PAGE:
ADO.NET Simplifies Enterprise Development
Whidbey includes many ADO.NET enhancements that will make enterprise applications simpler to build. The best features let you simplify writing code, access various back-end databases, and implement a form of object/relational mapping. ADO.NET has always had interfaces, such as IDbConnection and IDbDataAdaptor, that let you write database-agnostic code. However, these interfaces included only a subset of features from the database-specific namespaces, such as SqlClient. Whidbey lets you isolate your custom code from the provider-specific code while giving up fewer features of the underlying data engine.

Business applications rarely use middle-tier objects that are a direct mapping of data as stored in a relational database. A .NET component isn't a relational object, even though a relational database is frequently the most convenient way to store the object's underlying state information. As a result, tool vendors are working to make the mapping from relational data to objects and back again a realistic technology. ADO.NET's typed datasets were a first step in the direction of Object Role Modeling (ORM), but they suffered from performance problems and were more of a relational-only model than a bridge between relational data and objects. Microsoft's first real ORM support in VS.NET is Whidbey's ObjectSpaces technology in ADO.NET. ObjectSpaces aren't an evolution of typed datasets; they provide a layer between object-oriented application logic and a data source that stores and retrieves object data. This means that the object doesn't need to have any information about the structure of the underlying data source, whether it's relational or some other kind of store.

Whidbey includes many other enterprise features, especially in the area of application lifecycle management (ALM). Microsoft has been working on a complete suite of ALM tools based on Windows and .NET (see my earlier article, "Microsoft Commits to ALM"). Whidbey is the company's first major push to turn VS.NET into a soup-to-nuts development solution that could leap ahead of other tools. Now that .NET and Visual Studio have matured a bit, they're in better shape to compete with open source tools initiatives in the Java and Linux worlds that have rivaled Microsoft's on a variety of platforms.

Microsoft's plans for ALM are breathtaking in scope. Its roadmap for Visual Studio states that it will include "support for requirements gathering, software analysis and design, application construction, configuration and change management, application testing, and software deployment and operations" (see Additional Resources). This is a tall order, not least because Microsoft has never seemed to take its configuration-management product, Visual SourceSafe, seriously. SourceSafe hasn't had a meaningful upgrade in years and has fallen far behind its competitors.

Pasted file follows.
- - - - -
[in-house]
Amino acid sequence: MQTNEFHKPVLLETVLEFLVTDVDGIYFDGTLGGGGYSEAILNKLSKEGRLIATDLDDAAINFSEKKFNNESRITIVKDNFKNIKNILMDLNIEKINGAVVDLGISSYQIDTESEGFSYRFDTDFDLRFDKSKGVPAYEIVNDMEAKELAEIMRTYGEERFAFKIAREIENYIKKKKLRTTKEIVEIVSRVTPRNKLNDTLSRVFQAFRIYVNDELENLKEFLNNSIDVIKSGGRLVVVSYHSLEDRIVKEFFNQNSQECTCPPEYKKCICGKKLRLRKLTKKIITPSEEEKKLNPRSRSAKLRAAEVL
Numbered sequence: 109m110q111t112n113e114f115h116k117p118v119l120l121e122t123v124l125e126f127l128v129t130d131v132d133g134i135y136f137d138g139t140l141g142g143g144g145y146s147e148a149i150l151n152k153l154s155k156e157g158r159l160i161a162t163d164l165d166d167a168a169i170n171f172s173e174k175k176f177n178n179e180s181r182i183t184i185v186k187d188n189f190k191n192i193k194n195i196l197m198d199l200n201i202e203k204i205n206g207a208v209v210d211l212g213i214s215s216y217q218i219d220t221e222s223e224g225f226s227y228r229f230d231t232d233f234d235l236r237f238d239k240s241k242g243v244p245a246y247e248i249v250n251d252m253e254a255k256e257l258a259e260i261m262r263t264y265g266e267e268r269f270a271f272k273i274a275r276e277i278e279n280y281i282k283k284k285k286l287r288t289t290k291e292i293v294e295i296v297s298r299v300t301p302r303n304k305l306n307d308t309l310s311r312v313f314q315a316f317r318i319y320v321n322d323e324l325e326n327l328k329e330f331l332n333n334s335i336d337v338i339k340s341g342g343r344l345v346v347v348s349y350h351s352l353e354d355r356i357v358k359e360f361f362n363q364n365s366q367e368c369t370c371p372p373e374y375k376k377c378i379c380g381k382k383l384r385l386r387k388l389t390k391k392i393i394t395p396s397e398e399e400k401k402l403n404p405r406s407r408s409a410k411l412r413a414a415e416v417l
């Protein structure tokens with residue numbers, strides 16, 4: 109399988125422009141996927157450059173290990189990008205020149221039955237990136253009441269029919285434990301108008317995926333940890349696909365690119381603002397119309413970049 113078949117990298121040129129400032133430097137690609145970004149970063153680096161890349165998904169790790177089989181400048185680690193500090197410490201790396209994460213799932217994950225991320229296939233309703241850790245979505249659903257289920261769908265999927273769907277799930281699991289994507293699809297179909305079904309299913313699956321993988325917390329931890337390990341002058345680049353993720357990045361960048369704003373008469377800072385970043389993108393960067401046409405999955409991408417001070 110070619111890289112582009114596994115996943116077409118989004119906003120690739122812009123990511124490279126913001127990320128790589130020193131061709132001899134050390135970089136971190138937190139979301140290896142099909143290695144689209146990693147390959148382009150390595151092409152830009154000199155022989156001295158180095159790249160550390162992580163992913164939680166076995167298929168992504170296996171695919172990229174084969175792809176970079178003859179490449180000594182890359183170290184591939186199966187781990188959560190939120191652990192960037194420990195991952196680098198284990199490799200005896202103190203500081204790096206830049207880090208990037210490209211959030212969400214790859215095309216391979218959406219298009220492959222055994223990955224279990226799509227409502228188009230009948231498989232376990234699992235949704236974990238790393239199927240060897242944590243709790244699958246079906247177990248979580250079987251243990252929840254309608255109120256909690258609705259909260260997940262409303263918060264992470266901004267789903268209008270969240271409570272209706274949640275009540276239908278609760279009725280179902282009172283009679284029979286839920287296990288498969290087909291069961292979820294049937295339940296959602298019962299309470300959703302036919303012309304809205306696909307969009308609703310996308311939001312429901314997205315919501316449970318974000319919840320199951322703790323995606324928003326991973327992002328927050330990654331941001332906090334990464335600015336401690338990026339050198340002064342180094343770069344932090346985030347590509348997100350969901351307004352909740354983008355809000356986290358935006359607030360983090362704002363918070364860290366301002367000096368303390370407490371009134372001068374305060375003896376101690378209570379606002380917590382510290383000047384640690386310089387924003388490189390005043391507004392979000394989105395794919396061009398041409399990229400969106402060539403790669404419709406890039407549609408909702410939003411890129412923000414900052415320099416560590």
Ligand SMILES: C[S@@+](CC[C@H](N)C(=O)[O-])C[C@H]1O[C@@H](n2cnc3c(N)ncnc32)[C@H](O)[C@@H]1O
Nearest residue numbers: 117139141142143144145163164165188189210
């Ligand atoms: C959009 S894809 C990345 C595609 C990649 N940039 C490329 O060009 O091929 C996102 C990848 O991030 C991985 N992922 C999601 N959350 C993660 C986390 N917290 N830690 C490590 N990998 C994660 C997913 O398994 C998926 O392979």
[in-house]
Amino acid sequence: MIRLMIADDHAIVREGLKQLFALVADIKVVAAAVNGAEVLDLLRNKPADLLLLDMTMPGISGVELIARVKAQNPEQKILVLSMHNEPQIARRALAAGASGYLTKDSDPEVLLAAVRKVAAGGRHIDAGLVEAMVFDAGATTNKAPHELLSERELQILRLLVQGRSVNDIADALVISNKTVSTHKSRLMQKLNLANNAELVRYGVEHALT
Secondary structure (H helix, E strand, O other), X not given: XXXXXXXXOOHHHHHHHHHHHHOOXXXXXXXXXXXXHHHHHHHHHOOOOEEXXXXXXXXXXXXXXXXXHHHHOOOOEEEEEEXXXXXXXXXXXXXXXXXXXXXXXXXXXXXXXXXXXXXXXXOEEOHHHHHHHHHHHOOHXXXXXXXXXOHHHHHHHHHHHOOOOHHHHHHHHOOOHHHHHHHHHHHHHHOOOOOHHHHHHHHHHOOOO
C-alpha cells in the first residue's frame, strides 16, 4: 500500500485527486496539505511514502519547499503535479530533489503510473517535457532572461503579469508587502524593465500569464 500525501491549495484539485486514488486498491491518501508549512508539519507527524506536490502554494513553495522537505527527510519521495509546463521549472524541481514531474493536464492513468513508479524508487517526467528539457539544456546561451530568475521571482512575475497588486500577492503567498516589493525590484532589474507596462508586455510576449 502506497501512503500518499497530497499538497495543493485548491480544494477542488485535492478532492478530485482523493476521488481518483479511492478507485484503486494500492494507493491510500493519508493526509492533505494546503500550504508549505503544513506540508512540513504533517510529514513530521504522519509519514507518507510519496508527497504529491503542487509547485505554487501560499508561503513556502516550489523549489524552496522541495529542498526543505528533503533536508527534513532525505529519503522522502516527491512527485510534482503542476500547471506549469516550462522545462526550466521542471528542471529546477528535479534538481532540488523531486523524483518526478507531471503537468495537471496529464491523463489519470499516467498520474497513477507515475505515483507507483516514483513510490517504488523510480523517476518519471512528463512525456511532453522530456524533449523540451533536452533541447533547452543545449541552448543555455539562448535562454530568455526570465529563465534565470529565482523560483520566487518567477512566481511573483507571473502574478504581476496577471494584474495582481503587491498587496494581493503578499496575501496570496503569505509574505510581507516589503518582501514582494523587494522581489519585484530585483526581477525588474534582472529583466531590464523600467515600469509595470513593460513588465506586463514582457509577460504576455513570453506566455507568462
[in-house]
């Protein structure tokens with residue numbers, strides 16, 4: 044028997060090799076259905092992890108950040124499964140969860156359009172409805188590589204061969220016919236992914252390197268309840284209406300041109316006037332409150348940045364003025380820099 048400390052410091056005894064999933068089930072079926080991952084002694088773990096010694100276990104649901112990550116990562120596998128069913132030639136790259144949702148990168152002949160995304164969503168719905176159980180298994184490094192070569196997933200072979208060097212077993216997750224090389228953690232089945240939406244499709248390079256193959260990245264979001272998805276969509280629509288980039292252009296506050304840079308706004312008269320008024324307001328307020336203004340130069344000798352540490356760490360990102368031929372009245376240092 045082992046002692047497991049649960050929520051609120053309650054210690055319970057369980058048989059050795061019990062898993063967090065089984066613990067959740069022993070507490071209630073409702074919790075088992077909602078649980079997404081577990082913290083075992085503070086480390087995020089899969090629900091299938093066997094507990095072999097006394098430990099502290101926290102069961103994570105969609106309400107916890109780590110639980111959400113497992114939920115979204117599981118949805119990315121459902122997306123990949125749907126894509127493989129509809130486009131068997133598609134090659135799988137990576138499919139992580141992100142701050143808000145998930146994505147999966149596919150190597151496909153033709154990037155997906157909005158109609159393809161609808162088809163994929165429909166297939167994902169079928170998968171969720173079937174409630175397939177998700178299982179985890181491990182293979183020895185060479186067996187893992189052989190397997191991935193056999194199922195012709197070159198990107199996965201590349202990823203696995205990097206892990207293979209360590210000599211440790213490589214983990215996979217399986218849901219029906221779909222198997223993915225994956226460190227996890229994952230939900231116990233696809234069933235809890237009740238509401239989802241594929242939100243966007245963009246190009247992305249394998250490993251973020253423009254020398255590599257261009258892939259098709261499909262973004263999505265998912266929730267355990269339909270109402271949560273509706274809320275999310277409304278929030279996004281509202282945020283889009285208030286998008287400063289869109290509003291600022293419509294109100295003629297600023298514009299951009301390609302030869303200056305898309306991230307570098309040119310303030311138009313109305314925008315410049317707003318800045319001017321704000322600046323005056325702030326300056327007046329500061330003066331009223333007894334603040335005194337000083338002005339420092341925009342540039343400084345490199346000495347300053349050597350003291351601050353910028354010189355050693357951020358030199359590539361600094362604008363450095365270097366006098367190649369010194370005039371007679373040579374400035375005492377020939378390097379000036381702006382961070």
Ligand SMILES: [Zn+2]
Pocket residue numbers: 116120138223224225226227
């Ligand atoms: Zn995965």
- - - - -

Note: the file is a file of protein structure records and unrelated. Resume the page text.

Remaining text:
Visio is a wonderful graphics-design application, but the version included with VS.NET Enterprise Architect edition is too generic an environment for the demanding needs of enterprise-level applications. Visio lets you create nice Unified Modeling Language (UML) and entity-relationship diagrams easily, but it lacks some of the robust analysis and code-generation tools of more focused competitors such as UML tools from IBM Rational or ER/Studio from Embarcadero Technologies.

There are other issues. Visio's page-oriented metaphor makes it difficult to create and manage complex designs, and its usefulness for creating UML or database diagrams is severely limited. The database diagrams require strange kludges for effects Microsoft marketing claims it can achieve, such as merging together database submodels. Visio is used widely for enterprise architecture design simply because it is "free" with VS.NET, not because it's up to the task. There isn't any word yet whether Microsoft will continue trying to force-fit Visio into an enterprise design role. Instead, I hope the company will introduce tools that truly fill those needs.

You can address some of these shortcomings by turning to third-party tools and products. Microsoft—to its credit—has opened up third-party tool integration into the VS.NET IDE in new and innovative ways. IBM Rational's XDE Developer for UML designs, for example, feels as much a part of VS.NET as any designer. Support for third-party tool integration will be one of the keys to Whidbey's success.

Whidbey is a revolutionary product from a company with lofty ambitions to be the dominant player in the enterprise tools space. Microsoft has made many intelligent decisions in implementing these technologies and supporting a dizzying variety of application types on many platforms, but there are still significant holes to address, and it remains to be seen what shape Whidbey will take when it finally ships.